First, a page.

October Book Wrap Up.

These are the books I read in October, plus some thoughts about them. That’s it. That’s the post.

This portrait photo of me is by my incredibly talented friend, Sólveig, and you should follow her Instagram right now, and then read about these books below.

Everything Under, Daisy Johnson

I’ve been devouring everything under the sun that relates to Greek mythology recently, after loving Song of Achilles and Circe by Madeline Miller. But when I first picked up Daisy Johnson’s Everything Under, it was just because I was browsing through my Overdrive library for something contemporary and literary. Little did I know, it was a Greek myth retelling! This book was intense, and I loved it. A haunting modern retelling of Oedipus, it has twisted dark characters and uses second-person voice in a surprisingly satisfying way. I loved so many individual lines within this book, and it spoke to me as a whole. What a beautiful writer Johnson is.

Ninth House, Leigh Bardugo

I’m sure you must have heard me wax poetic about this novel before, but I’m going to do it again. This book is dark, haunting, fast-paced and exciting, creative and brilliant and everything I wanted from a new Leigh Bardugo novel. I already cannot wait for the new books in this series. Alex Stern is now one of my favourite Bardugo characters, and with good reason. She’s tough as nails, smart and biting and angry, with good reason.

Silence of the Girls, Pat Barker

As I’ve said, I’m reading everything Greek-inspired right now, and Pat Barker’s Silence of the Girls is particularly timely in the age of Me Too, especially after Madeline Miller’s hugely popular Song of Achilles. After falling in love with Achilles and Patroclus in Miller’s story, it was nice to see them and their relationship again in Barker’s story, albeit from a very different angle. Achilles is rightfully portrayed as brutish, a monster, a murderer. But he’s still allowed to be human. From the title, you’d be forgiven for thinking this book would give voice to the women of Troy. But the novel still takes us back to Achilles. As much as I love Achilles and Patroclus as written by Miller, I didn’t think it was necessary for Barker to write from the men’s perspective. It lost the impact of writing only about the women.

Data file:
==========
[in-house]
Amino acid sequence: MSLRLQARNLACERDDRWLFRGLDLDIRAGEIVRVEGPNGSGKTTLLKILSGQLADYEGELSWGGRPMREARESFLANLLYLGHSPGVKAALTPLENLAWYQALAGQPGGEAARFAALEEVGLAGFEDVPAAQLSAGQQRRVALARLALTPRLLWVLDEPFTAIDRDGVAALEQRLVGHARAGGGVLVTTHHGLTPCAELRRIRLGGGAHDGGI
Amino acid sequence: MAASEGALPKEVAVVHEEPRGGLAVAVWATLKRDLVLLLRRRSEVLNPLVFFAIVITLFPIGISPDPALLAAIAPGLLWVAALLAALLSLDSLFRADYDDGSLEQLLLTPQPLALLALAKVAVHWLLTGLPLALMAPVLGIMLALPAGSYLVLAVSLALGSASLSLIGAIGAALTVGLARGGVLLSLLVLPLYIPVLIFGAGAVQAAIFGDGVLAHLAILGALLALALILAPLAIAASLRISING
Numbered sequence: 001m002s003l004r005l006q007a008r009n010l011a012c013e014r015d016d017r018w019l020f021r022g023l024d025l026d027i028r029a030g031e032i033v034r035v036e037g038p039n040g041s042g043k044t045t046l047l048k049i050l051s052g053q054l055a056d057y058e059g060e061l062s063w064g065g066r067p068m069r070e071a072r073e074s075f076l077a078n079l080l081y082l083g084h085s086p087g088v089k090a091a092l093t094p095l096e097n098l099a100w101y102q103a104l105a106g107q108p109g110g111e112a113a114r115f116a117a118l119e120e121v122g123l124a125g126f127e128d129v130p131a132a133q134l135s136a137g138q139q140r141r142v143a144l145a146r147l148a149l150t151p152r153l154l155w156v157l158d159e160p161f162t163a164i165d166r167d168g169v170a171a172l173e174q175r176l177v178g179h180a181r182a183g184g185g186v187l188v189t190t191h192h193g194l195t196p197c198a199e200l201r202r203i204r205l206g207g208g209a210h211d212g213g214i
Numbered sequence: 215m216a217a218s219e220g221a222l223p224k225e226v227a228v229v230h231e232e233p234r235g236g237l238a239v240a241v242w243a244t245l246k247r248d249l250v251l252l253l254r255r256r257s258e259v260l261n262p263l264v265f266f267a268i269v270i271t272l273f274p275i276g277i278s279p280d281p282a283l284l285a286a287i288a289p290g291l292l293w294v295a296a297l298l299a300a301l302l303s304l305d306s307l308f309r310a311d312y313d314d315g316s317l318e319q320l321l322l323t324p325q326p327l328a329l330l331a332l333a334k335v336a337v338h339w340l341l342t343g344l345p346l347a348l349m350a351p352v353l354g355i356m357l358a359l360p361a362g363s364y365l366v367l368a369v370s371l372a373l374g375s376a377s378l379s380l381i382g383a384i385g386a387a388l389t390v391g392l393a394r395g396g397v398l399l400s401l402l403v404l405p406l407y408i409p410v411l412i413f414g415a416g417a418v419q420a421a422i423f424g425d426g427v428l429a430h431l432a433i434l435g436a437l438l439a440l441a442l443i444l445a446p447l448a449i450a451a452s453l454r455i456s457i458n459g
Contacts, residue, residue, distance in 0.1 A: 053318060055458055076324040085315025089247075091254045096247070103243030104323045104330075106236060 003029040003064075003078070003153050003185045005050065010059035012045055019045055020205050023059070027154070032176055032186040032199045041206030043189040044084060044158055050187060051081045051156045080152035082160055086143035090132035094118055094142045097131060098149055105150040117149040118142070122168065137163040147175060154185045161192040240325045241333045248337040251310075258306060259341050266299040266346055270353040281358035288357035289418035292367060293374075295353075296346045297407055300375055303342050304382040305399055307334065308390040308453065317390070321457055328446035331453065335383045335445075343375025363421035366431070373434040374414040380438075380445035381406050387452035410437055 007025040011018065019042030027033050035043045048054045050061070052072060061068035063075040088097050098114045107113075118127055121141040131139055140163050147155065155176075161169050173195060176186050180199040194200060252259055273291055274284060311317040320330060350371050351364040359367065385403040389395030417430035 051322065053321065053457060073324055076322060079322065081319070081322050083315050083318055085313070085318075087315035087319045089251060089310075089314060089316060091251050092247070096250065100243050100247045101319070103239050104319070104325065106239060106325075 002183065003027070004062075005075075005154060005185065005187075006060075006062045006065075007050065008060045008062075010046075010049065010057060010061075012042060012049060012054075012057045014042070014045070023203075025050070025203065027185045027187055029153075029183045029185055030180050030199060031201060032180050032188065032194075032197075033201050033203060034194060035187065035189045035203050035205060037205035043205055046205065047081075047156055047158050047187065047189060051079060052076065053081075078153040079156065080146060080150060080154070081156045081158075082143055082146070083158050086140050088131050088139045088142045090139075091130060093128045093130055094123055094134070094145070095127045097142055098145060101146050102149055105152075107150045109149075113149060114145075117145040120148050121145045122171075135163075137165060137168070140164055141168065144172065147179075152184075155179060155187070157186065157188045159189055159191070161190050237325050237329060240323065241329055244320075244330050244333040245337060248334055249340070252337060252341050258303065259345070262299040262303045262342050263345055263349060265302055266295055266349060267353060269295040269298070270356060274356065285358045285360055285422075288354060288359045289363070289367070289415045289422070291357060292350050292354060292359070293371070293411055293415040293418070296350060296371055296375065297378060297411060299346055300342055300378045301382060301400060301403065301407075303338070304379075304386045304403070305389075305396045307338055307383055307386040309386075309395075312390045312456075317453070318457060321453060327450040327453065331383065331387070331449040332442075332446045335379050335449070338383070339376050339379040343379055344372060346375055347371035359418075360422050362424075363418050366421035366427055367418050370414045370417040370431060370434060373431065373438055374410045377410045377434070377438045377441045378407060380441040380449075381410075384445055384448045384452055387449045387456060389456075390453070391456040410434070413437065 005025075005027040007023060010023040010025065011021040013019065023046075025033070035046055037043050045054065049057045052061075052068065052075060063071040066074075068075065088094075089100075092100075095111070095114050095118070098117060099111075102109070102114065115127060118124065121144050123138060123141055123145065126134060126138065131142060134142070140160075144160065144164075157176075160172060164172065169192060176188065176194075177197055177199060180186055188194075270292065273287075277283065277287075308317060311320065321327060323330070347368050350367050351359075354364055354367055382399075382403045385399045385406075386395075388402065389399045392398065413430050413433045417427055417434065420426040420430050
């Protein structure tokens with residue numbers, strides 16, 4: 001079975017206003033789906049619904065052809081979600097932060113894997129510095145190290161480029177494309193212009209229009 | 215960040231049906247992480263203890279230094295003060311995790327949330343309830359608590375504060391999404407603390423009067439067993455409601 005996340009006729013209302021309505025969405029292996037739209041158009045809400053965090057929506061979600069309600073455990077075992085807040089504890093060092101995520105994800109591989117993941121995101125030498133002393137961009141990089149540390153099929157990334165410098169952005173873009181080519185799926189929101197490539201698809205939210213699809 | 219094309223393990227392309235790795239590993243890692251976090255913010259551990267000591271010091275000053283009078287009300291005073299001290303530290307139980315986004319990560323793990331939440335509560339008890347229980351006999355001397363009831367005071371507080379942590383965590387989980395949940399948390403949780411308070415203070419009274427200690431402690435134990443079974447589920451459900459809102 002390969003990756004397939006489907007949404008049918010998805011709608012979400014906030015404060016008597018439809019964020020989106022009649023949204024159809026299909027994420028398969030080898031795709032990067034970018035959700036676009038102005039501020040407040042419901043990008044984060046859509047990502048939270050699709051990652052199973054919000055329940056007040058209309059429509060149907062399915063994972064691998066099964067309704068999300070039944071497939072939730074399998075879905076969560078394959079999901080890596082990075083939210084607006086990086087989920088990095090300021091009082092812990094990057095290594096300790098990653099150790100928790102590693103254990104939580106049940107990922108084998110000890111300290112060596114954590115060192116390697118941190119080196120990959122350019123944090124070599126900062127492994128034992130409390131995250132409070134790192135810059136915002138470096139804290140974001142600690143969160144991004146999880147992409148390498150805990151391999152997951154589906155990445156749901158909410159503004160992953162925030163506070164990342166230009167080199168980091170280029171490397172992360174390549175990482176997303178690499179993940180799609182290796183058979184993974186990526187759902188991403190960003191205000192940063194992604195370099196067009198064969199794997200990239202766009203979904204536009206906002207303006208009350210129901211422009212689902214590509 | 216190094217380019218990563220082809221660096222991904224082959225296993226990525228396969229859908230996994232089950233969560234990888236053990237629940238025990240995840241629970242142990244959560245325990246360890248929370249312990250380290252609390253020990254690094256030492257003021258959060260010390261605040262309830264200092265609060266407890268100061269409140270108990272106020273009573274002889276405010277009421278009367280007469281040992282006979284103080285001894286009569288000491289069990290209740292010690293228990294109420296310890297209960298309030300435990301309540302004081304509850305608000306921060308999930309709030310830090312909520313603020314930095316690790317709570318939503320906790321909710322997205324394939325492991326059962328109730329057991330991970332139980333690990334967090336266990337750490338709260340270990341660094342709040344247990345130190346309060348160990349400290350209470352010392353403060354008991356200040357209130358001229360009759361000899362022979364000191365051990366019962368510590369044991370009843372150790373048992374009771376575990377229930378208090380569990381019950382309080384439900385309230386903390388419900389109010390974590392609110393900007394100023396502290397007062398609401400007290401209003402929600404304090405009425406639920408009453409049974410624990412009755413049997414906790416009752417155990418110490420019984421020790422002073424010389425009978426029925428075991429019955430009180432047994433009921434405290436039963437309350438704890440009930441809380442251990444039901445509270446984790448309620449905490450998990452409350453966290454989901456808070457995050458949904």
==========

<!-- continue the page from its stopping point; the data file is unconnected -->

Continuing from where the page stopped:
Cat’s Cradle, Kurt Vonnegut

Vonnegut is always fun and funny, and although I didn’t enjoy this book nearly as much as Slaughterhouse 5, it was still a quirky and thought-provoking read.

So, what books have you been reading this month?

ellekirks

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